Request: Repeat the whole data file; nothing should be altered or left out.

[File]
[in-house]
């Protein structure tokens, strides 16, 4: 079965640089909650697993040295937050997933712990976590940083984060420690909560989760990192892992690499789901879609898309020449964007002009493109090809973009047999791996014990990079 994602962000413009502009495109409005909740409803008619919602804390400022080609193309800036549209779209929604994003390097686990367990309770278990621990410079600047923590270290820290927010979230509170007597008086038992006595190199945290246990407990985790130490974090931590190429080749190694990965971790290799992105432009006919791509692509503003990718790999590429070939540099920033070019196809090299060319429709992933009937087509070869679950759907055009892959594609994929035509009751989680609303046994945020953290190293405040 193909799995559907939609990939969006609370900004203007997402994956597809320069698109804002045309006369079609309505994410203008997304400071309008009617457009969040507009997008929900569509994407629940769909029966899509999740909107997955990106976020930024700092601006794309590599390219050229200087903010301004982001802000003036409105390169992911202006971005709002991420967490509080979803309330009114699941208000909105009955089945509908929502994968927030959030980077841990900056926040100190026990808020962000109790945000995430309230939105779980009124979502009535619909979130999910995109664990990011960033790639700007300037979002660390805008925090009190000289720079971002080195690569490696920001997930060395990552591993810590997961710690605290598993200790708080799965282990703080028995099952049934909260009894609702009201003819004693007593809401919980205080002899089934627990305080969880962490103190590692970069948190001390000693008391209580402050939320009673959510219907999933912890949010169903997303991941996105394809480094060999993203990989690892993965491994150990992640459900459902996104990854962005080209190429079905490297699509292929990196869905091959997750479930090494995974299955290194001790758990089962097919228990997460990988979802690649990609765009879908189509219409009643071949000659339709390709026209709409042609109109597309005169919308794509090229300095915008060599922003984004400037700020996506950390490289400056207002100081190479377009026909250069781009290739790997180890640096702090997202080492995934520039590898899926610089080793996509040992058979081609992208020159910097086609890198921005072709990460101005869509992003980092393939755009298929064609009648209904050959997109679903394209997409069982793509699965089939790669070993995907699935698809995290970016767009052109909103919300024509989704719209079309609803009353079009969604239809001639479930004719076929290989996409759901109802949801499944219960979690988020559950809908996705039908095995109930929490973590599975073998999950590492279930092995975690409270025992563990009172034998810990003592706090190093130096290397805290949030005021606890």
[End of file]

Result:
[in-house]
């Protein structure tokens, strides 16, 4: 079965640089909650697993040295937050997933712990976590940083984060420690909560989760990192892992690499789901879609898309020449964007002009493109090809973009047999791996014990990079 994602962000413009502009495109409005909740409803008619919602804390400022080609193309800036549209779209929604994003390097686990367990309770278990621990410079600047923590270290820290927010979230509170007597008086038992006595190199945290246990407990985790130490974090931590190429080749190694990965971790290799992105432009006919791509692509503003990718790999590429070939540099920033070019196809090299060319429709992933009937087509070869679950759907055009892959594609994929035509009751989680609303046994945020953290190293405040 193909799995559907939609990939969006609370900004203007997402994956597809320069698109804002045309006369079609309505994410203008997304400071309008009617457009969040507009997008929900569509994407629940769909029966899509999740909107997955990106976020930024700092601006794309590599390219050229200087903010301004982001802000003036409105390169992911202006971005709002991420967490509080979803309330009114699941208000909105009955089945509908929502994968927030959030980077841990900056926040100190026990808020962000109790945000995430309230939105779980009124979502009535619909979130999910995109664990990011960033790639700007300037979002660390805008925090009190000289720079971002080195690569490696920001997930060395990552591993810590997961710690605290598993200790708080799965282990703080028995099952049934909260009894609702009201003819004693007593809401919980205080002899089934627990305080969880962490103190590692970069948190001390000693008391209580402050939320009673959510219907999933912890949010169903997303991941996105394809480094060999993203990989690892993965491994150990992640459900459902996104990854962005080209190429079905490297699509292929990196869905091959997750479930090494995974299955290194001790758990089962097919228990997460990988979802690649990609765009879908189509219409009643071949000659339709390709026209709409042609109109597309005169919308794509090229300095915008060599922003984004400037700020996506950390490289400056207002100081190479377009026909250069781009290739790997180890640096702090997202080492995934520039590898899926610089080793996509040992058979081609992208020159910097086609890198921005072709990460101005869509992003980092393939755009298929064609009648209904050959997109679903394209997409069982793509699965089939790669070993995907699935698809995290970016767009052109909103919300024509989704719209079309609803009353079009969604239809001639479930004719076929290989996409759901109802949801499944219960979690988020559950809908996705039908095995109930929490973590599975073998999950590492279930092995975690409270025992563990009172034998810990003592706090190093130096290397805290949030005021606890």